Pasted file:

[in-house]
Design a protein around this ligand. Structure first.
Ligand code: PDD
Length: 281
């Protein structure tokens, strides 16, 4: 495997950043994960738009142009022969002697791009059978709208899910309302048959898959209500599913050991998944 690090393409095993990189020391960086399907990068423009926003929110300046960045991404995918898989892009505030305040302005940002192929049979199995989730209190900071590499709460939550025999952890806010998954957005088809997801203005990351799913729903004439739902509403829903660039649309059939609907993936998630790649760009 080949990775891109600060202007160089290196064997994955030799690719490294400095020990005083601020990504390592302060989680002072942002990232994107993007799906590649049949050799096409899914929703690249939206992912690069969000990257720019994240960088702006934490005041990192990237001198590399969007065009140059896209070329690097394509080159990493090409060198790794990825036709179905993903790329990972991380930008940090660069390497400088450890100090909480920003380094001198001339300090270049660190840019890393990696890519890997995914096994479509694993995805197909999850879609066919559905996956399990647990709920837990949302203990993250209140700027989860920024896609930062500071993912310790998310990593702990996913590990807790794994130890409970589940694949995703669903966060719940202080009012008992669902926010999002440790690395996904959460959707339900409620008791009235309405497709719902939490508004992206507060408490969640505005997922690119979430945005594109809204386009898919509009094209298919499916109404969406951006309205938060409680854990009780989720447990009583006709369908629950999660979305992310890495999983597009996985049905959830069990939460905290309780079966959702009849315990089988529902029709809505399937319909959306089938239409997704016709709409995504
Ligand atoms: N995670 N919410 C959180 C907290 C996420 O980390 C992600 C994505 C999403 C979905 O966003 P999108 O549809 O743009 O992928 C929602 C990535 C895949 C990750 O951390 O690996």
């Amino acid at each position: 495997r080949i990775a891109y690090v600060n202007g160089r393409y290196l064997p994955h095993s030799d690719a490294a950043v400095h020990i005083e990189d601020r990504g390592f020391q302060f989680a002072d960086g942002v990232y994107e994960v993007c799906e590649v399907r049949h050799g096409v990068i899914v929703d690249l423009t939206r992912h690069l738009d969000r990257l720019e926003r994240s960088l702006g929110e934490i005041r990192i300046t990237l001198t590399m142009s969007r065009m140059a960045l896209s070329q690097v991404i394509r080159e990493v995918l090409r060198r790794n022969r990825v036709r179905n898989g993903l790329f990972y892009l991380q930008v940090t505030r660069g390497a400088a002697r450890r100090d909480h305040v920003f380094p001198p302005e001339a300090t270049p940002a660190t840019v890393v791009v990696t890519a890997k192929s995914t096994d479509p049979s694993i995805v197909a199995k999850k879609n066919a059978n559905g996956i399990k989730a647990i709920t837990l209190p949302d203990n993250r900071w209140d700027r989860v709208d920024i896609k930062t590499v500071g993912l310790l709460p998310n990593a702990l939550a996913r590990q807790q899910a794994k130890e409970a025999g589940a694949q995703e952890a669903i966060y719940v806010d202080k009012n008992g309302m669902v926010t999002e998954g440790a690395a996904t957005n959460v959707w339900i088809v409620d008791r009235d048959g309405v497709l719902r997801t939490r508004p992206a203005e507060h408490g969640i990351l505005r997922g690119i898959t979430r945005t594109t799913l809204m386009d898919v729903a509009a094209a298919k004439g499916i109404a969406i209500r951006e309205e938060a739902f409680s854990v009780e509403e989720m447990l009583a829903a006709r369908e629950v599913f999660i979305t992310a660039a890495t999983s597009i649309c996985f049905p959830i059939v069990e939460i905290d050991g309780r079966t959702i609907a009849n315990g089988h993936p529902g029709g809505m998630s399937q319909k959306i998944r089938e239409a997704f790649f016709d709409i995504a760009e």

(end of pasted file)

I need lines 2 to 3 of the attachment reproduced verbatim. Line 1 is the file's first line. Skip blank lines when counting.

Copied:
Design a protein around this ligand. Structure first.
Ligand code: PDD